Then I got a cold. Normally able to bounce back from colds with just a day or two of extra hydration and rest, I got sicker. Then, I got a fever. Soon, I was shaking, weak, and before I knew it, I had mastitis. A nasty sickness if ever devised, these infections of the mammary glands can be extremely dangerous. After suffering these symptoms for a week or so, pain began radiating from my ear. I thought I had my first-ever sinus infection, and waited to get better. However, pain intensified, and after a few days, I went to the doctor, who diagnosed me with an ear infection! My first ear infection in about 30 years! A round of antibiotics for ear and breast, and I feel a million times more human.
Through this process, however, I bailed on both of my spring goal races. Taking a deep breath, and repeating the words a friend told me (“it’s only June”), I’m dialing back my hyper-enthusiasm, taking a longer, progressing return to racing approach, and am excited to be structuring my fall/winter 2016 and early spring 2017 race calendar. I’m also not beating myself up for not being back in Olympic Trials shape. I know that I’ve prioritized my family and completing my degrees over returning to racing shape over the last year, and I’m glad I’ve done so. I might be yearning and missing being able to race fast and hard this spring (especially since it’s an Olympic year!), but I know that I will get back into racing shape, and I know my slower, steady approach will get me there healthy, happy, and without driving the rest of my family insane! So, here’s to summer training and fall racing!
Just to keep things exciting…we got a puppy. We are enthusiastically welcoming Lemonade (named by my almost- 4 year old daughter) the Golden Retriever to our family!
Our daughter cut her first tooth the day she turned 7 months old. She’s rolling, scooting, eating vegetables and fruit with gusto, and just days away from crawling. She’s saying ‘dada’ and ‘mama,’ and loves blowing raspberries. In short, she’s growing up – and quickly!
The last few months since my last post have been incredibly busy professionally, athletically and personally. Since running the Olympic Marathon Trials in February, I’ve been working on trying to run more consistently. Before the trials, I was running about 10 miles a week, and the 8 miles I ran in the race was my longest run in nearly a year! So, with the goal of getting back into training and potential race fitness by early summer, I set the goal of getting my mileage up and working in some tempo/speed work. My running has been consistent, but not very high in volume. I also have been dealing with some patellar tendinitis, which resulted in my taking nearly 2 weeks of complete rest in late April.
While it feels like I’ve been running nonstop, when I actually look at my training log, reality strikes: I’ve been averaging less than 20 miles each week! I run 3-4 times a week, trying to get a longer run of 8-10 miles and one run with pace or speed work. My biggest challenge lately has been sleep. Not an uncommon issue with parents of infants, I know, but lack of sleep affects my running hugely. From about 5-6.5 months of age, the babe woke almost hourly. She’s a quick eater, and goes back to sleep easily, but it doesn’t change the fact that I get up every hour during the night. In the past couple of weeks, we’ve upped her day-time and night-time meals and have worked to let her fuss a bit more…which means she’s been sleeping longer, and so have I!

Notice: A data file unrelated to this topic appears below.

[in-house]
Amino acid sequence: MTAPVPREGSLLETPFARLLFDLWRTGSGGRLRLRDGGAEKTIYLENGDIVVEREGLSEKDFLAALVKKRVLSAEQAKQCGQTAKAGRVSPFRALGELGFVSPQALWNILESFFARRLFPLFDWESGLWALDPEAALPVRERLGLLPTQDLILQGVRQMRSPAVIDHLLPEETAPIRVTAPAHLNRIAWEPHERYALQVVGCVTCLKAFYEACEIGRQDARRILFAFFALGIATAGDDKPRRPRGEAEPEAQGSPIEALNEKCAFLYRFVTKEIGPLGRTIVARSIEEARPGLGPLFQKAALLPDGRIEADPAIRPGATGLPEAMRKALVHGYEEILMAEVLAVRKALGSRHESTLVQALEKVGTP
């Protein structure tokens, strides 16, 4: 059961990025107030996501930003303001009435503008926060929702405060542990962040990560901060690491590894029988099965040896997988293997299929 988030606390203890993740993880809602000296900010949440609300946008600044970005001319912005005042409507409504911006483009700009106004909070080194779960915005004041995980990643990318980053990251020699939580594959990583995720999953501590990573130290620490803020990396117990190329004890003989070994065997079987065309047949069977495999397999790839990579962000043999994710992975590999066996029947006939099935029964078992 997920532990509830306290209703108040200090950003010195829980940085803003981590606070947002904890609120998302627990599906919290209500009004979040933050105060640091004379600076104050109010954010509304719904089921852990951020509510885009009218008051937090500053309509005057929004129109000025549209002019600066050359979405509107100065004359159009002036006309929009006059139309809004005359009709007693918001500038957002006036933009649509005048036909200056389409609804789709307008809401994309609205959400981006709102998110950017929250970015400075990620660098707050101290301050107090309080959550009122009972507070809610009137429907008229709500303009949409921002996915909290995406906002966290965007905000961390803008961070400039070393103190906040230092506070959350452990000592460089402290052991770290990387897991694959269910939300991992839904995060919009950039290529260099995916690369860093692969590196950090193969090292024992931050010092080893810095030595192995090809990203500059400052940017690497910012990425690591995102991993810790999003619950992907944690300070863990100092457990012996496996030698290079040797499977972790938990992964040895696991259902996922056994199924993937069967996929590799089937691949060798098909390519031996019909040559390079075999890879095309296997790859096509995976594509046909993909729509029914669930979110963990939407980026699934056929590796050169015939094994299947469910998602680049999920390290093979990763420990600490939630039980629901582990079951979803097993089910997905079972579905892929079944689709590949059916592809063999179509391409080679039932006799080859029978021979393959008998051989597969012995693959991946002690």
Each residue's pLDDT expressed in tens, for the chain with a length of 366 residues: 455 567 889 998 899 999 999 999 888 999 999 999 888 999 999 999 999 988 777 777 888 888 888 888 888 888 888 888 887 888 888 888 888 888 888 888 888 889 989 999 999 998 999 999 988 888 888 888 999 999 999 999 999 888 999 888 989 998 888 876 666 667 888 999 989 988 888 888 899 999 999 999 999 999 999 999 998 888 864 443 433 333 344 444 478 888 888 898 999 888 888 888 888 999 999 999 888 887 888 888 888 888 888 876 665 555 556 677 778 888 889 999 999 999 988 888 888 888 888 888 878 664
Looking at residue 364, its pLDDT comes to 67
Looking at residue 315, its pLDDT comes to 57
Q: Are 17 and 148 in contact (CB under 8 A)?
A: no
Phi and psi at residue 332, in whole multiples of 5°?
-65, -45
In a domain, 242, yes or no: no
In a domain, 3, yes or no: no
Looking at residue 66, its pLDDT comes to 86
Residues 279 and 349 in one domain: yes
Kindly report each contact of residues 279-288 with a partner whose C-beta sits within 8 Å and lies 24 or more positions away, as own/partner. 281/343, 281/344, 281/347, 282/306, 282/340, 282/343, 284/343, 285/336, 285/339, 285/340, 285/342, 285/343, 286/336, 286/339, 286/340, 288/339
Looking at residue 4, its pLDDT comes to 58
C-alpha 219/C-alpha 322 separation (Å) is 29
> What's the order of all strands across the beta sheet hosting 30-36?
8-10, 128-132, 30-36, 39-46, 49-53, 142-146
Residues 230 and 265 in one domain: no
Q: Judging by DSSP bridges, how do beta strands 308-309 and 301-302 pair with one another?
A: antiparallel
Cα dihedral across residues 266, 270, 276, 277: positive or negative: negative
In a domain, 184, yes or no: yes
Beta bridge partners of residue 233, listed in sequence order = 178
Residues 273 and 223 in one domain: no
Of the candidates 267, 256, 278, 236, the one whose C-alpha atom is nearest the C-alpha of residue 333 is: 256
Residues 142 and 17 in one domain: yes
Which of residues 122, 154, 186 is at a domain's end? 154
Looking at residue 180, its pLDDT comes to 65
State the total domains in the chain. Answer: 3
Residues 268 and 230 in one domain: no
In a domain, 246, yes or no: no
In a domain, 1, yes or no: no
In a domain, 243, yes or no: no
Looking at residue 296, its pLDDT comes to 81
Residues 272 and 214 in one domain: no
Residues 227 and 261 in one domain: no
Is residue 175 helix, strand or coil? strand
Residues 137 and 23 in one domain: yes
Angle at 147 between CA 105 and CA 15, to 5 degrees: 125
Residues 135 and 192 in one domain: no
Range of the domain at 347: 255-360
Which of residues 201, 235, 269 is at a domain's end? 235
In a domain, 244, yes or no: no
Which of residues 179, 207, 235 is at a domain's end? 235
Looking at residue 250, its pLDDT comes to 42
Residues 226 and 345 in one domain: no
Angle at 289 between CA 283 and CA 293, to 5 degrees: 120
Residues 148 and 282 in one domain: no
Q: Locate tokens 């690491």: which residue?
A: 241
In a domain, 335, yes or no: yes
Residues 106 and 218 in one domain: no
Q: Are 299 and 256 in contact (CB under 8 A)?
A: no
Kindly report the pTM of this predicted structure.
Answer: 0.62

The sudden uptick in sleep is probably why I let myself be coerced by running friends to run the local Run for the Zoo 5k, a great benefit for the local Albuquerque Biopark. It was windy and cold, but I had a great time racing in the blustery weather. This race also served another purpose: reminding me that I like racing! I knew that I wanted to race track this spring for the first time since I graduated college, but I had scratched out of early planned track races due to lack of fitness. Following the Run for the Zoo, my same running friend and fellow mom, Natalie talked me into running my first track race in over a decade: the 5,000m at the Masked Raider Invitational in Lubbock, Texas.
This race was an experience. As we (two women from Santa Fe and I) drove through the open, barren landscapes of eastern NM and north Texas on the afternoon of the race, we drove through epic winds, visibility-impairing dust, and heat. Two of us runners are nursing moms. The 5-hour drive meant that we both pumped breastmilk as we drove down the two-lane highways hoping desperately that we wouldn’t be delayed behind the many hay-trucks or tractors on the highway so much that we’d miss our evening race. We checked the cars temperature gauge less and less enthusiastically as the numbers topped 90° and our truck was buffeted by winds so strong they required two fully-engaged hands on the steering wheel. The race itself was brutal. Times were slow. Given the conditions, I think it was a solid effort, even though it was far from fast. It was strange to be on the track, racing, after more than a decade. It was fun! I raced in my training shoes, struck by a sudden, starting-line (rational? Irrational?) fear of injury, should race in my flats. Such is the return to track racing after such a long break!
I celebrated the rest of Mother’s Day weekend with my family, ran the Mother’s Day 1km with my daughter in her first race ever.
Come out with Mom (and family!) and enjoy a 5k this Mother’s Day!